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Business Rx: Business offers a service, but can he turn it into a product?

The entrepreneur

When Norman Zalfa worked overseas in Brussels, Belgium, as a European director of security for ITT Corp., and then at DHL Europe, he helped many senior corporate employees overcome serious personal and business situations involving their families and estates.

“When someone would pass away overseas with their family back in the United States, our HR director would ask me to help out. So, I would contact the spouse and the family to see what they needed in terms of estate organization,” Zalfa said.

When he returned to the U.S. in 1992, he saw a need for the same service he provided overseas, so he created Organize Your Estate. He’s been running the one-man business ever since.

The pitch

Zalfa

“Organize Your Estate gives training seminars and works one-on-one to motivate and educate individuals on how to identify, locate, record and organize all of their personal and business estate information, assets and documents.

“Seminars are performed at an organization’s employee training session, or individually with employer-selected key personnel. I am targeting any organizations wanting to offer their employees a unique and valued service that no one else offers. Providing estate organizing guidance would be especially valuable at pre-retirement orientations.

“My main challenge is how to efficiently improve and expand my marketing to overcome the reluctance of corporations or individuals to discuss, or be involved in, the subject of personal incapacity or death. One of the benefits to OYE is the open training session because it makes it easier to confront, discuss and ask questions about the topic.”

The advice

Elana Fine, associate director,
Dingman Center for Entrepreneurship

“Have you thought of creating a product you can sell instead of or in addition to the service you are currently offering? I think it would benefit OYE if you could determine whether you can package this service and sell it to people or to companies so they can distribute it to their employees. You could still offer the seminars, but this way they can also refer their employees to you if they have further questions and you won’t have such a time commitment.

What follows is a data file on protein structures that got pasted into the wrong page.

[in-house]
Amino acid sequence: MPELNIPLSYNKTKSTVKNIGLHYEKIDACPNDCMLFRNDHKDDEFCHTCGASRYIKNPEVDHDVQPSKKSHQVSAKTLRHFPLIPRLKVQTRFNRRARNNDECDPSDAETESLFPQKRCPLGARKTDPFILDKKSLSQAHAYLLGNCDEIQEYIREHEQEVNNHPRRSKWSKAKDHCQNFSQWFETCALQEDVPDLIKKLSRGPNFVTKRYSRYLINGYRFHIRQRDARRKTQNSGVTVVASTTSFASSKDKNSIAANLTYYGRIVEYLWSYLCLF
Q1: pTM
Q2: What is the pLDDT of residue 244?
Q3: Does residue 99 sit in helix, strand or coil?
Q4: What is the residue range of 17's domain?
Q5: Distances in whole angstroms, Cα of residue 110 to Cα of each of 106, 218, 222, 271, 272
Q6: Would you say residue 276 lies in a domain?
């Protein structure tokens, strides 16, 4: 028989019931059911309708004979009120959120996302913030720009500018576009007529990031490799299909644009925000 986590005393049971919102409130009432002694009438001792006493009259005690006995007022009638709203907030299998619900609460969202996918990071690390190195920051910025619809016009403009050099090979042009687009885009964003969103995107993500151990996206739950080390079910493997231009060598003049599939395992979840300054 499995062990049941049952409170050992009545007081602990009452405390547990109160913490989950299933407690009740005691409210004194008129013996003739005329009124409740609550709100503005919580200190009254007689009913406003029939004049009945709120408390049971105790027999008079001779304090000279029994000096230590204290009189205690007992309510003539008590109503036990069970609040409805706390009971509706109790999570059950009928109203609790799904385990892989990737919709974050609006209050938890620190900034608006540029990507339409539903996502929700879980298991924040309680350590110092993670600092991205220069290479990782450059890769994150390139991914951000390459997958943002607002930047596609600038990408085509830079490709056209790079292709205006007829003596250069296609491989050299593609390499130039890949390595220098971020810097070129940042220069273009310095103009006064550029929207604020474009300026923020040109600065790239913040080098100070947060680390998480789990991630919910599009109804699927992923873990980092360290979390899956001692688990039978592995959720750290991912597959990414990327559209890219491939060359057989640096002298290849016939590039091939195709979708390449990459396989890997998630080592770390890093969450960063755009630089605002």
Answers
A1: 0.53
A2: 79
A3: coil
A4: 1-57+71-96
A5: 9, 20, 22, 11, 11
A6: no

“Another thing you can try, since you have been successful at getting into corporations, is create a package specifically for each corporation. Create a how-to guide with a template that you can do at the seminar. People will come to one class and pay for the materials, then they can complete additional templates on their own time. If they need more help from you, they already have you as a reference and can contact. And if not, you’ve already received revenue from selling seats in the class. This will allow you to have a product specific to certain organizations while keeping a scaled-down service component to OYE.

“As far as spreading the word about OYE, I would suggest going after small businesses rather than the large corporations you’ve been aiming for in the past. Fortune 500 companies have a lot of bureaucracy to get through, so the process would be easier with a small or family-owned business. Also, try reaching out to community centers. They have a diverse population that could be very interested in what you are offering.”

The reaction

Zalfa

“This all sounds really good. I think you’ve given me a lot of new ideas for my business and I’m excited to try some of them out. I really like the idea of formalizing this information and putting it in a book form so people can have something to leave with. I think that could be a great next step for OYE.”

© The Washington Post Company